Two sisters' reviews of Young Adult and Middle Grade books, inspired by their lovely library.
Of Fire and Stars is an incredibly beautiful debut novel. I was SO incredibly excited to get my hands on it ever since the description came out late last year (not to mention when the cover was released: absolutely stunning!), which only revealed the bare minimum: a princess with magic is betrothed to a foreign prince but falls in love with his sister instead. Sounds like my spirit book if there ever was one!
Genres: Young Adult, Fantasy, LGBT, Romance, Adventure
Rating: 5 stars
Betrothed since childhood to the prince of Mynaria, Princess Dennaleia has always known what her future holds. Her marriage will seal the alliance between Mynaria and her homeland, protecting her people from other hostile lands. But Denna has a secret. She possesses an Affinity for fire—a dangerous gift for the future queen of a kingdom where magic is forbidden.
Now, Denna must learn the ways of her new home while trying to hide her growing magic. To make matters worse, she must learn to ride Mynaria’s formidable warhorses before her coronation—and her teacher is the person who intimidates her most, the prickly and unconventional Princess Amaranthine (called Mare), sister of her betrothed.
When a shocking assassination leaves the kingdom reeling, Mare and Denna reluctantly join forces to search for the culprit. As the two work together, each discovers there’s more to the other than she thought. Mare is surprised by Denna’s intelligence and bravery, while Denna is drawn to Mare’s independent streak. Soon their friendship is threatening to blossom into something more.
But with dangerous conflict brewing that makes the alliance more important than ever, acting on their feelings could be deadly. Forced to choose between their duty and their hearts, Mare and Denna must find a way to save their kingdoms—and each other.
Of Fire and Stars is an incredibly beautiful debut novel. I was SO incredibly excited to get my hands on it ever since the description came out late last year (not to mention when the cover was released: absolutely stunning!), which only revealed the bare minimum: a princess with magic is betrothed to a foreign prince but falls in love with his sister instead. Sounds like my spirit book if there ever was one! I pre-ordered it at my favorite local independently owned bookstore and picked it up as soon as I could, sitting down with a cup of tea in front of the fire minutes after finishing my previous book (the highly recommended Crown Duel by Sherwood Smith).
The pacing at the beginning is very good, with immediate action and introduction to a wide cast of characters. The prologue and first chapter are narrated in first person from Princess Dennaleia’s point of view, and then begins to switch back and forth between her and Crown Prince Thandilimon’s sister, Princess Amaranthine, called Mare (lots of long names I know, but I quite like them).
Although I normally don’t enjoy switching perspectives very much (I tend to have a favorite perspective and then not want to read the other chapters), in this case I was very glad Audrey Coulthurst decided to write her book this way, especially introducing Denna at the beginning. First of all, hearing both girls’ perspectives makes the romance that much stronger, since as readers we know how they both feel about each other, and how their feelings develop. Secondly, Mare’s first impression of Denna is not all together positive. She sees Denna as a rather weak, pathetic, typical “princess-type” (which is not true at all). Although (clearly) her thoughts about Denna later change, this might have ruined my own opinion of the other girl had the reader not been introduced to her and her own strengths first (coming back to this later on). Finally, the shifting perspectives help the reader get to know both girls more intimately, and they are both very worth knowing.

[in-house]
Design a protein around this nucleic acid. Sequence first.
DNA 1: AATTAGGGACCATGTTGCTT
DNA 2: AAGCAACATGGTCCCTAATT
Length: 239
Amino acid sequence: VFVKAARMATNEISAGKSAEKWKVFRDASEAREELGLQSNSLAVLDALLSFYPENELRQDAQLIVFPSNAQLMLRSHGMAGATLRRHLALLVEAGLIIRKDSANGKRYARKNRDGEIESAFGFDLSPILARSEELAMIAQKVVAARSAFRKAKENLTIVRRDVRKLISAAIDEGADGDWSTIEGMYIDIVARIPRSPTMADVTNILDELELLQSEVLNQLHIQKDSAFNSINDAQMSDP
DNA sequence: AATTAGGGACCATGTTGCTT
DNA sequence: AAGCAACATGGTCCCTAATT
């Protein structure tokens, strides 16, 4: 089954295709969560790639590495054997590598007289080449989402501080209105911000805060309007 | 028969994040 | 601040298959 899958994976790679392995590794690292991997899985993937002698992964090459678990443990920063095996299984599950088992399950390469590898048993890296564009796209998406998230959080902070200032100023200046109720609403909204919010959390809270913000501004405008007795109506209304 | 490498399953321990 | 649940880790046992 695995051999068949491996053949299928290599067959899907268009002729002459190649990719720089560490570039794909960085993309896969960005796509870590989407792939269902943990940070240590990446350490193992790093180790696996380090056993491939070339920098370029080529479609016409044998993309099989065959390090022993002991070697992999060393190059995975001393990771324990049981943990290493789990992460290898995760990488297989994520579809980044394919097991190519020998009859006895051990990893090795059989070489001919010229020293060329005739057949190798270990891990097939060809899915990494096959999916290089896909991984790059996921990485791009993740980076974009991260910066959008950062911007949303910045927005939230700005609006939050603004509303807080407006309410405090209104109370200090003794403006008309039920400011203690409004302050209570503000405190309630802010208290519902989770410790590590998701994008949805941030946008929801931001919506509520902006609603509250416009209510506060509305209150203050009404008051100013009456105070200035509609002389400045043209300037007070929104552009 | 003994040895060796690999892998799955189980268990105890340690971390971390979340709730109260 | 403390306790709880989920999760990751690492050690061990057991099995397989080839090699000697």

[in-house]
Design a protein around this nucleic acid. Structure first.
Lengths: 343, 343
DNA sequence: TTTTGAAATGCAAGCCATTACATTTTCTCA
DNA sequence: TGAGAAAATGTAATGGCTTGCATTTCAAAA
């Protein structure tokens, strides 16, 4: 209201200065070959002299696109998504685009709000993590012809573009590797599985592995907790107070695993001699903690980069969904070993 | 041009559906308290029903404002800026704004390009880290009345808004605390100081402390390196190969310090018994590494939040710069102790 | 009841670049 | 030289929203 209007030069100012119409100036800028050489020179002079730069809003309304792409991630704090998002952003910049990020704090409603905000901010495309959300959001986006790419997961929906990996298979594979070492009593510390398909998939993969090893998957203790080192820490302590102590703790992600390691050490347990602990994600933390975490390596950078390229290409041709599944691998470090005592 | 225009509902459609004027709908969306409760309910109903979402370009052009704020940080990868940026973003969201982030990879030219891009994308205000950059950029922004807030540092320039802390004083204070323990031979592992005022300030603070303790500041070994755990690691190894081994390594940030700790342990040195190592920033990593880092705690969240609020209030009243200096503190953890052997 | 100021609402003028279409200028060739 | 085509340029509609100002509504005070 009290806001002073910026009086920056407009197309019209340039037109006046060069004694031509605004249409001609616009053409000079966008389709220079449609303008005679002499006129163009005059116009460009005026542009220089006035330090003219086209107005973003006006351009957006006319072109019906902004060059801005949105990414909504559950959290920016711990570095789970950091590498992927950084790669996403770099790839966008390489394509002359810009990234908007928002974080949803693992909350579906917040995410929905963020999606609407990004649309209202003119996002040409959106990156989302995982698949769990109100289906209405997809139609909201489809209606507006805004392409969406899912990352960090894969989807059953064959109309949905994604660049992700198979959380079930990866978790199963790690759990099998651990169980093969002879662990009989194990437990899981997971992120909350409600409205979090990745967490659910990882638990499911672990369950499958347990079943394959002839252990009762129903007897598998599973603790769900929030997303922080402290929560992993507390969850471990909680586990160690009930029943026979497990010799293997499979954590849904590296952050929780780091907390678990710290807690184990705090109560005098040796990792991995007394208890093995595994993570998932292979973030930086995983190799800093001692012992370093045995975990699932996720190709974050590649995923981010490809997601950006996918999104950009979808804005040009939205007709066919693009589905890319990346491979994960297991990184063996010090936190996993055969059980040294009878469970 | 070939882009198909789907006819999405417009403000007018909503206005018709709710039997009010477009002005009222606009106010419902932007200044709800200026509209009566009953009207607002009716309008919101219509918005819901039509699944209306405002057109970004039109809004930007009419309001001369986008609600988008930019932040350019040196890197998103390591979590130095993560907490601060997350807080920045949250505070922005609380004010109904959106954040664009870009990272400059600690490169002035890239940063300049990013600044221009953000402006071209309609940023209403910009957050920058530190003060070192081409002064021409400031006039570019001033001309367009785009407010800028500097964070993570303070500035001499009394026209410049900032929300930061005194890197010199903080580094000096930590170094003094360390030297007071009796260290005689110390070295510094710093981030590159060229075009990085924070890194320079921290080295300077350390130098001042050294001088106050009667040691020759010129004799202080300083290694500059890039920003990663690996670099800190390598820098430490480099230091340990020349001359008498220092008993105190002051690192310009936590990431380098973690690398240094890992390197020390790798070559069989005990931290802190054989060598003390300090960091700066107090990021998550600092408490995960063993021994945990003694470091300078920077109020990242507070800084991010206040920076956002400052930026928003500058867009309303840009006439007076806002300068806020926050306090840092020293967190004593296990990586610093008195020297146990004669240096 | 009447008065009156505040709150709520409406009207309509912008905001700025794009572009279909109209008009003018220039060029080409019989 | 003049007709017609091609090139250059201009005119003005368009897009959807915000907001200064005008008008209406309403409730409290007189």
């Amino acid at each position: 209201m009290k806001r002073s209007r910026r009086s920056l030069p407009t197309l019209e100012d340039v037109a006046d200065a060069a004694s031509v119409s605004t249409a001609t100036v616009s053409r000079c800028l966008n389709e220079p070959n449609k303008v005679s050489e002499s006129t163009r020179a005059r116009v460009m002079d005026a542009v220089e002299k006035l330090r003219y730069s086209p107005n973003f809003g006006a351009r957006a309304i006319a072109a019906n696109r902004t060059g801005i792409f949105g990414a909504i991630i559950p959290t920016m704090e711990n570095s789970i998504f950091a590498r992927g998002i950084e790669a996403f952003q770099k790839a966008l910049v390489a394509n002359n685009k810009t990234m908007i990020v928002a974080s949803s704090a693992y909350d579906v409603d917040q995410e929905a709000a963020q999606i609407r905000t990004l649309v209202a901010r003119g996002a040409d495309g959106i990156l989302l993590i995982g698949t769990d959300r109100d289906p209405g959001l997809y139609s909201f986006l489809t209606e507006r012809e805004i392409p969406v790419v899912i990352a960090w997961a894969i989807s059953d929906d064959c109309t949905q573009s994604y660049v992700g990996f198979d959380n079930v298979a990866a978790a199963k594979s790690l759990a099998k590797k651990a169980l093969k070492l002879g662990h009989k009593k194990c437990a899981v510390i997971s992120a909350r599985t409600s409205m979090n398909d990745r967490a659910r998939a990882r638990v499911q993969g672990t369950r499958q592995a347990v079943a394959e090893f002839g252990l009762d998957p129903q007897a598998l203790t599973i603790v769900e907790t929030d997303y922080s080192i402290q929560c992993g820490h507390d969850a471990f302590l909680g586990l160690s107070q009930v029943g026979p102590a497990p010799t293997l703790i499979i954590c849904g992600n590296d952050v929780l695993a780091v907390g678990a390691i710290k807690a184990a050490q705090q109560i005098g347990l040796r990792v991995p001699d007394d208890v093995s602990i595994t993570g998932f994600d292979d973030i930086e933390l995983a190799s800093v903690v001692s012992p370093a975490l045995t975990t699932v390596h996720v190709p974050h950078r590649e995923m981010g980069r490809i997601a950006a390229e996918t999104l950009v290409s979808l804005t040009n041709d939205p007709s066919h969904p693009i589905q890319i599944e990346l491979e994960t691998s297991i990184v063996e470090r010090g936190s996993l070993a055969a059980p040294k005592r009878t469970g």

Mare (a very suitable nickname) is a strong-willed, strong-muscled “warrior princess,” in the realm of Katsa from Graceling by Kristin Cashore, Alanna from Song of the Lioness by Tamora Pierce, and Yelena from Poison Study by Mara V. Snyder (all highly recommended books). In the tradition of her homeland, the kingdom of Mynaria, she trains horses and forges strong personal connections with her mounts (a fantastic example of an author writing about what she knows best — according to her bio Audrey is a devoted equestrian herself, and it shows in her writing!). Contrarily, Denna has never ridden a horse in her life, but is a talented scholar and knows her way around a library and court room. She has her own form of physical strength in the form of her fire magic, a hereditary talent she can’t control and would rather be without, because in Mynaria, magic is hated and illegal.
Personally, I felt a stronger connection with Denna’s character out of the two girls. I love the tough warrior woman as much as the next Tamora Pierce fan, but I have absolutely nothing in common with her (and I’m assuming my fellow bookworms feel the same way — unless you’re also secretly a horse-riding, arrow-shooting, sword-wielding, sailor-swearing, britches-wearing (jeans don’t count) badass). Characters like Denna selfishly help me with my own self-confidence, because although they prefer the library to the sparring ground, they are still appreciated for their own skills and the strength of their intelligence and knowledge. The one critique I do have about the switching perspectives is that since they are both in first person and both main characters are females, all the “shes” become quite confusing, and I sometimes had to flip back to the beginning of the chapter to check which female was talking about the other one (thus I probably wouldn’t recommend this book as an audiobook, unless each girl is read in a different voice or by another narrator, in which case it would be a better choice!).